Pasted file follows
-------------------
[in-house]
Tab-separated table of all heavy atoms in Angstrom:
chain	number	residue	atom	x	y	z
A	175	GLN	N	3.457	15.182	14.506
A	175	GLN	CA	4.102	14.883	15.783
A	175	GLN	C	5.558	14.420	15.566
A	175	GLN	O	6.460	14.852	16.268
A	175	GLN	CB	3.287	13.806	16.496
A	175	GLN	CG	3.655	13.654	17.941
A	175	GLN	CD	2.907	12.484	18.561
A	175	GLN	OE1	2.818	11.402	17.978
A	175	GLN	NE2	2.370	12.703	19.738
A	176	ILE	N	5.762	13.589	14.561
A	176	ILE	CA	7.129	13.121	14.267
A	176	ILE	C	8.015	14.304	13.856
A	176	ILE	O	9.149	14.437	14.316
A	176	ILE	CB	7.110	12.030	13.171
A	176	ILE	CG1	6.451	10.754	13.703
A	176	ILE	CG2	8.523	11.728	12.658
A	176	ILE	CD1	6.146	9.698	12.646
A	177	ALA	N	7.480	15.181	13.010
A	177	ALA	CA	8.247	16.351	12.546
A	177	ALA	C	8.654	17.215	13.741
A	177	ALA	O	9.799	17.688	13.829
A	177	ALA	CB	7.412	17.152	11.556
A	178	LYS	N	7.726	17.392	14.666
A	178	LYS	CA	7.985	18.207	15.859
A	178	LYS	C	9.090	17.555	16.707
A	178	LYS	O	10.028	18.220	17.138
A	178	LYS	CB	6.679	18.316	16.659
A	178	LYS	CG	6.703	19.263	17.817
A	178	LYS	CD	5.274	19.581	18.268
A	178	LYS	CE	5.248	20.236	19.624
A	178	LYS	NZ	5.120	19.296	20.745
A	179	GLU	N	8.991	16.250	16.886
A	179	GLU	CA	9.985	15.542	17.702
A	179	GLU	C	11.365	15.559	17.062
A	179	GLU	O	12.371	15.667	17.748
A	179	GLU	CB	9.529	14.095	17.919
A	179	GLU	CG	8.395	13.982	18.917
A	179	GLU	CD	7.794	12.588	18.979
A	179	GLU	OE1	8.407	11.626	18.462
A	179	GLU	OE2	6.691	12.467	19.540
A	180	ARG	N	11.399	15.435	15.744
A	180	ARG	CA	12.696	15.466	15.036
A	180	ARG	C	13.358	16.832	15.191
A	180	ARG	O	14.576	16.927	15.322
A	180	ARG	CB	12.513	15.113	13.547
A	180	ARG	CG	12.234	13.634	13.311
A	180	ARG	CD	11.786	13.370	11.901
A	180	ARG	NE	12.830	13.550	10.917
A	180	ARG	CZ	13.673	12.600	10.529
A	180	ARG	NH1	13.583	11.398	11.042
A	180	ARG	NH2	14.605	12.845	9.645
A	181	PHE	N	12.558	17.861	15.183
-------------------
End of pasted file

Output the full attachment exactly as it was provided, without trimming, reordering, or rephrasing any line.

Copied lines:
[in-house]
Tab-separated table of all heavy atoms in Angstrom:
chain	number	residue	atom	x	y	z
A	175	GLN	N	3.457	15.182	14.506
A	175	GLN	CA	4.102	14.883	15.783
A	175	GLN	C	5.558	14.420	15.566
A	175	GLN	O	6.460	14.852	16.268
A	175	GLN	CB	3.287	13.806	16.496
A	175	GLN	CG	3.655	13.654	17.941
A	175	GLN	CD	2.907	12.484	18.561
A	175	GLN	OE1	2.818	11.402	17.978
A	175	GLN	NE2	2.370	12.703	19.738
A	176	ILE	N	5.762	13.589	14.561
A	176	ILE	CA	7.129	13.121	14.267
A	176	ILE	C	8.015	14.304	13.856
A	176	ILE	O	9.149	14.437	14.316
A	176	ILE	CB	7.110	12.030	13.171
A	176	ILE	CG1	6.451	10.754	13.703
A	176	ILE	CG2	8.523	11.728	12.658
A	176	ILE	CD1	6.146	9.698	12.646
A	177	ALA	N	7.480	15.181	13.010
A	177	ALA	CA	8.247	16.351	12.546
A	177	ALA	C	8.654	17.215	13.741
A	177	ALA	O	9.799	17.688	13.829
A	177	ALA	CB	7.412	17.152	11.556
A	178	LYS	N	7.726	17.392	14.666
A	178	LYS	CA	7.985	18.207	15.859
A	178	LYS	C	9.090	17.555	16.707
A	178	LYS	O	10.028	18.220	17.138
A	178	LYS	CB	6.679	18.316	16.659
A	178	LYS	CG	6.703	19.263	17.817
A	178	LYS	CD	5.274	19.581	18.268
A	178	LYS	CE	5.248	20.236	19.624
A	178	LYS	NZ	5.120	19.296	20.745
A	179	GLU	N	8.991	16.250	16.886
A	179	GLU	CA	9.985	15.542	17.702
A	179	GLU	C	11.365	15.559	17.062
A	179	GLU	O	12.371	15.667	17.748
A	179	GLU	CB	9.529	14.095	17.919
A	179	GLU	CG	8.395	13.982	18.917
A	179	GLU	CD	7.794	12.588	18.979
A	179	GLU	OE1	8.407	11.626	18.462
A	179	GLU	OE2	6.691	12.467	19.540
A	180	ARG	N	11.399	15.435	15.744
A	180	ARG	CA	12.696	15.466	15.036
A	180	ARG	C	13.358	16.832	15.191
A	180	ARG	O	14.576	16.927	15.322
A	180	ARG	CB	12.513	15.113	13.547
A	180	ARG	CG	12.234	13.634	13.311
A	180	ARG	CD	11.786	13.370	11.901
A	180	ARG	NE	12.830	13.550	10.917
A	180	ARG	CZ	13.673	12.600	10.529
A	180	ARG	NH1	13.583	11.398	11.042
A	180	ARG	NH2	14.605	12.845	9.645
A	181	PHE	N	12.558	17.861	15.183